Case Report

Hypoglossia with Severe Mandibular Transversal Discrepancy: A Case Report

Afia Sultana1, Lena Björnstrom2 and Mats Sjöström1*
1Department of Odontology, Oral and Maxillofacial Surgery, Umeå University hospital, Umeå, Sweden
2Department of Odontology, Umeå University Hospital, Umeå, Sweden

*Corresponding author: Mats Sjöström, Department of Odontology, Section for Oral and Maxillofacial Surgery, Umeå University Hospital, S-901 87 Umeå, Sweden

Published: 23 Nov, 2017
Cite this article as: Sultana A, Björnstrom L, Sjöström M. Hypoglossia with Severe Mandibular Transversal Discrepancy: A Case Report. Clin Surg. 2017; 2: 1762.


Objective: To describe the etiology of hypoglossia, the consequences for oral function and our experience from treating a young boy with severe mandibular transversal discrepancy.
Materials and Methods: We present a 15 year old boy with hypoglossia and severe mandibular transversal discrepancy, treated with mandibular midline distraction and orthodontic treatment.
Results: Total treatmenttime is sixyears and the result shows improvement of dental occlusion relationship as well as enlargement of the tongue resulting in an improved occlusal function.
Conclusion: From this case report it is suggested that a multidisciplinary approach of several different specialists as pediatric, orthodontists, speech therapists, maxillofacial surgeons and radiologists are should be involved in examination and treatment planning for this rare diagnosis in order to improve the patient's quality of life. Early surgical interventions are positive for occlusal function.
Keywords: Hypoglossia; Mandibular midline distraction; Transversal discrepancy


Hypoglossia is a rare congenital malformation, associated with micrognathia of the mandible and varying degree of limb anomalies [1]. Since the first description by de Jussieu in 1719 less than 75 cases have been reported with or without anomalies of the extremities [2]. Though the isolated hypoglossia is not so common but in both cases of isolated hypoglossia and hypoglossia with syndrome, the common clinical features includes micrognathia, severe transverse deficiency of mandible, hypodontia, anterior crowding, unilateral or bilateral cross-bite or maxillomandibular discrepancies, marked enlargement of the sublingual muscular ridge, hypertrophy of sublingual and submandibular glands narrow basal arch and dentoalveolar bone [3-6].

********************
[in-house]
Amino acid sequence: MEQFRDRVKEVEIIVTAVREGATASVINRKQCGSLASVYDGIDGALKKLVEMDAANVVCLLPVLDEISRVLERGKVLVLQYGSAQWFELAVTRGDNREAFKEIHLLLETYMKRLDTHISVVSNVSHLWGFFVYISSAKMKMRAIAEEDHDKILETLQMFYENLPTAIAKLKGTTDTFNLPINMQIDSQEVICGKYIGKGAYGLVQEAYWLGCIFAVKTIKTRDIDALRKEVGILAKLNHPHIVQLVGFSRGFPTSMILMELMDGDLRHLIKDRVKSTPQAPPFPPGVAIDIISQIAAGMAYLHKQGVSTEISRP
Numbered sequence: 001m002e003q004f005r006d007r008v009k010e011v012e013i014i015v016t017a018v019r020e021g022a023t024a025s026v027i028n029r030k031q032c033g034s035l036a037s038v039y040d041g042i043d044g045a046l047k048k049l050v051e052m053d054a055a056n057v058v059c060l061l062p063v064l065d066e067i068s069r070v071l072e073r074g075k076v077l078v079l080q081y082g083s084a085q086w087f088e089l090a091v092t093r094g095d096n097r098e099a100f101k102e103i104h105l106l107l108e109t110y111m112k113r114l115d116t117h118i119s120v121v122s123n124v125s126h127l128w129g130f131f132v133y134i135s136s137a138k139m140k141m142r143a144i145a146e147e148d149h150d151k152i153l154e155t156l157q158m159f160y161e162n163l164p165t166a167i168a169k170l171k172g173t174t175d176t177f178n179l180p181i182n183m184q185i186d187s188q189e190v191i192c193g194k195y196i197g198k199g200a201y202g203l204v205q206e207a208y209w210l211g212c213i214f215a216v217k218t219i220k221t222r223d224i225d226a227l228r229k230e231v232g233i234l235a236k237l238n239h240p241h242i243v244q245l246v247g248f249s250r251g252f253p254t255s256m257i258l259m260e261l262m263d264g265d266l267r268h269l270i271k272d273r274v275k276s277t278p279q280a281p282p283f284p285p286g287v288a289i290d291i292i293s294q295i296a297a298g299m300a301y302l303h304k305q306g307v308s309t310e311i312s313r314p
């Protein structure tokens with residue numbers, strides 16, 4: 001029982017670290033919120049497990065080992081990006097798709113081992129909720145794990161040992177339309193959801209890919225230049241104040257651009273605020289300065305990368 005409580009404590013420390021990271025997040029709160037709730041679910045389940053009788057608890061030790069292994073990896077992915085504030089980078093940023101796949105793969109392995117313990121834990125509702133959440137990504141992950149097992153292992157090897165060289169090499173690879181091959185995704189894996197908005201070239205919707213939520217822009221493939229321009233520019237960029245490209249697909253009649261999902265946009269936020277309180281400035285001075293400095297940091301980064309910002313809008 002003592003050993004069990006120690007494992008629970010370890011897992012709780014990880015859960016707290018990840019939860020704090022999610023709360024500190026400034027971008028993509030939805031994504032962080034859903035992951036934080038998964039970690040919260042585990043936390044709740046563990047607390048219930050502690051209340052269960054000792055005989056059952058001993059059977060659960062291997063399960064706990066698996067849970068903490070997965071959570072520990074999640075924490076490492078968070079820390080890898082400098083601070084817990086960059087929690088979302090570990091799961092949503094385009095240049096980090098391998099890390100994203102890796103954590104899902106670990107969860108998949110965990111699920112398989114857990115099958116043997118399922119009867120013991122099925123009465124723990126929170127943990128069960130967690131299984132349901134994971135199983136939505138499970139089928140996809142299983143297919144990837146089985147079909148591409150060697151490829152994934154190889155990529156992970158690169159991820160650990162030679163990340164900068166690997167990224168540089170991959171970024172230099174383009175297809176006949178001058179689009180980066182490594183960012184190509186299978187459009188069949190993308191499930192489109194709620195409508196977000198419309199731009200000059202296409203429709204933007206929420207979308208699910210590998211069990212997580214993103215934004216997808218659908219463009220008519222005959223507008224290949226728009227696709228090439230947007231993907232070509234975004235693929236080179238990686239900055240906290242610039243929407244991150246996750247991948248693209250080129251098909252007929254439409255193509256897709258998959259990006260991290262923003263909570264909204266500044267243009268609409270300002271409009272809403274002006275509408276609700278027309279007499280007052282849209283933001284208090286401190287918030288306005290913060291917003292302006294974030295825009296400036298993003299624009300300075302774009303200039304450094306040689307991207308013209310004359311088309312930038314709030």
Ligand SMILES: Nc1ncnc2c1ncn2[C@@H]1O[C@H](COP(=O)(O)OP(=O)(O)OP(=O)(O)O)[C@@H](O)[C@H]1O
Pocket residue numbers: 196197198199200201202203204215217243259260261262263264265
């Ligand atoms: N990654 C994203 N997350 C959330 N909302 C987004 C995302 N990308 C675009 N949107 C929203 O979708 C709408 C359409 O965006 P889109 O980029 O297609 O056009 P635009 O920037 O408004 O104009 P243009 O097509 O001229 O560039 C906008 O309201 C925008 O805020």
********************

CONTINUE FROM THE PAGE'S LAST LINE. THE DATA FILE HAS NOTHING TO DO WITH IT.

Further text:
A child born with hypoglossia together with micrognathia can suffer from apnea and asphyxia requiring tracheostomy and artificial nasal tube feeding. During early linguistic development, speech therapy for the improvement of phonetics may be needed. For the micrognathia and malocclusion correction of transverse deficiency of mandible is recommended in early teens [7-9]. Mandibular Midline Distraction (MMD) is the surgical procedure done in case of transverse deficiency of mandible [7,10]. The purpose of this article is to report our experiences from treating a male patient born with severe transverse deficiency of mandible together with hypoglossia.

Case Presentation

A young patient, born 2001, was referred to the regional cleft team 2010. Medical charts from a neighboring university hospital reported that the patient was born in pregnancy week 34 with underweight. Several malformations were diagnosed; duodenal stenosis, missing one kidney, retrognathic mandible, hypoglossia, uncomplicated heart failure, impaired hearing, choanal atresia and malformation of costae. No heredity or environmental etiological factors explaining the malformations could be found. Surgical correction of the duodenal stenosis and the choanal atresia was performed in early age. Until the age of two, the patient had tracheostomy and feeding tube due to the retrognathic mandible. The patient’s actual problems 2010 were related with a severe transversal discrepancy in the mandible (Figure 1) resulting in a bilateral scissors bite between the dental arches (Figure 2). This malocclusion resulted in a diet based only on soft food. Dental analysis revealed a Class I molar relationship, a severe transversal discrepancy in the mandible with bilateral scissors bite, deep bite with traumatic occlusion to the palatal gingiva.
The mandibular dental arch showed a severe crowding. The dentition in the mandible was 36, 75-73, 31, 41, 83-85, 46. The dentition in the maxilla was 16, 55-53, 12, 11, 22, 63-65, 26. Despite the malocclusion, the patient had a normal range of jaw movement without any muscle or temporomandibular tenderness. Radiographic examination stated that the patient was missing two central incisors in the mandible and one central incisor in the maxilla. The treatment objectives were to establish harmonious functional occlusion with help of extraction of 73 and 83, midline distraction in the mandible with bone borne distractor and fixed appliance for aligning of mandibular teeth.